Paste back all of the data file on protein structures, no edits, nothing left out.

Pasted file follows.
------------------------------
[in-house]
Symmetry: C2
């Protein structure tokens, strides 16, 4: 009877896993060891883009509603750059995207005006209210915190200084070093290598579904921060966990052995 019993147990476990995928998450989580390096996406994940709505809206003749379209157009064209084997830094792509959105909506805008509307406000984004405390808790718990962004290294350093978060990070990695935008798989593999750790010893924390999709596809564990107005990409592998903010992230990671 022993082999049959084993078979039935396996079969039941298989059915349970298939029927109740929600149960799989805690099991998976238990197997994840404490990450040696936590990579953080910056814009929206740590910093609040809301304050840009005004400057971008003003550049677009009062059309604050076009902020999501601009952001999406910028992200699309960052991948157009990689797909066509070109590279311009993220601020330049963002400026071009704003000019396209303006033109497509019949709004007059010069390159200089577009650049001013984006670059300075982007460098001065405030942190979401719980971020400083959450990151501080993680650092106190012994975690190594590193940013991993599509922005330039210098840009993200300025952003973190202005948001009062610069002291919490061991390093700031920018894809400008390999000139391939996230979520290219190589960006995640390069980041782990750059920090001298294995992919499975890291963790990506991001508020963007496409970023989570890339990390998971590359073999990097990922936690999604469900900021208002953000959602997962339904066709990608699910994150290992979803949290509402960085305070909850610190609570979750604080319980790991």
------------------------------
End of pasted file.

[in-house]
Symmetry: C2
């Protein structure tokens, strides 16, 4: 009877896993060891883009509603750059995207005006209210915190200084070093290598579904921060966990052995 019993147990476990995928998450989580390096996406994940709505809206003749379209157009064209084997830094792509959105909506805008509307406000984004405390808790718990962004290294350093978060990070990695935008798989593999750790010893924390999709596809564990107005990409592998903010992230990671 022993082999049959084993078979039935396996079969039941298989059915349970298939029927109740929600149960799989805690099991998976238990197997994840404490990450040696936590990579953080910056814009929206740590910093609040809301304050840009005004400057971008003003550049677009009062059309604050076009902020999501601009952001999406910028992200699309960052991948157009990689797909066509070109590279311009993220601020330049963002400026071009704003000019396209303006033109497509019949709004007059010069390159200089577009650049001013984006670059300075982007460098001065405030942190979401719980971020400083959450990151501080993680650092106190012994975690190594590193940013991993599509922005330039210098840009993200300025952003973190202005948001009062610069002291919490061991390093700031920018894809400008390999000139391939996230979520290219190589960006995640390069980041782990750059920090001298294995992919499975890291963790990506991001508020963007496409970023989570890339990390998971590359073999990097990922936690999604469900900021208002953000959602997962339904066709990608699910994150290992979803949290509402960085305070909850610190609570979750604080319980790991």